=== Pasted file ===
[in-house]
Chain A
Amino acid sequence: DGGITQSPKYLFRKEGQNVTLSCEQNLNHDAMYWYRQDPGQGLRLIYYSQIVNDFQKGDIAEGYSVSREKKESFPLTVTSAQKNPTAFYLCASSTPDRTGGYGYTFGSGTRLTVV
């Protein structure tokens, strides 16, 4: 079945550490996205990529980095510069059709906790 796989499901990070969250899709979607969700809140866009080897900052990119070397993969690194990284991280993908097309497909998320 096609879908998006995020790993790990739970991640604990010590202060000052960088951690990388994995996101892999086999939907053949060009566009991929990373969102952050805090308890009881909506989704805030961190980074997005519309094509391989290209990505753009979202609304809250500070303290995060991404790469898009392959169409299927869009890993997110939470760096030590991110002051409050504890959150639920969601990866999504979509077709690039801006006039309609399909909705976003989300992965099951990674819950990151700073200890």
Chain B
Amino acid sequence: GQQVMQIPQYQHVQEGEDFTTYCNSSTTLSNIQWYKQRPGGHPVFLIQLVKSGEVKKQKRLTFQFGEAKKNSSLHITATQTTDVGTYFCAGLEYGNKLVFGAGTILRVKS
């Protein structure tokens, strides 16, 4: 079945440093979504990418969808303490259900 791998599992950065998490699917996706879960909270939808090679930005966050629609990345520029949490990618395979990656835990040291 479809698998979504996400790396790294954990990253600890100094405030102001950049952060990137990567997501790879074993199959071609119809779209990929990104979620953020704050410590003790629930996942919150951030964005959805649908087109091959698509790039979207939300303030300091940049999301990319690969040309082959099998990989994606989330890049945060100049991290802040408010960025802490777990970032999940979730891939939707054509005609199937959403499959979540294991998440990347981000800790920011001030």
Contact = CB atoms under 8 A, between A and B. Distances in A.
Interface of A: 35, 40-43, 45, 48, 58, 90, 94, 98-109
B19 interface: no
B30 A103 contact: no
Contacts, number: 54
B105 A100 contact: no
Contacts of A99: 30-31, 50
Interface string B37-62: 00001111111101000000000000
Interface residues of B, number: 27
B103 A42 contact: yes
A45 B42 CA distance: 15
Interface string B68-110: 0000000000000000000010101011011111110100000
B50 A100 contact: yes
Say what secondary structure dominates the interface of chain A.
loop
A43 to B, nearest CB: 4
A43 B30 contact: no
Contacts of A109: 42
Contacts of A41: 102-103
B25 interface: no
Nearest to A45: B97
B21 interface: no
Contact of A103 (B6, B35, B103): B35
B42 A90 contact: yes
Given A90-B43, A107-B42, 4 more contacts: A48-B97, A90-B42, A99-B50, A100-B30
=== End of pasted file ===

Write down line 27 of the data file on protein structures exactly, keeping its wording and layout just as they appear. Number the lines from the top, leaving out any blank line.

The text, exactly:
B25 interface: no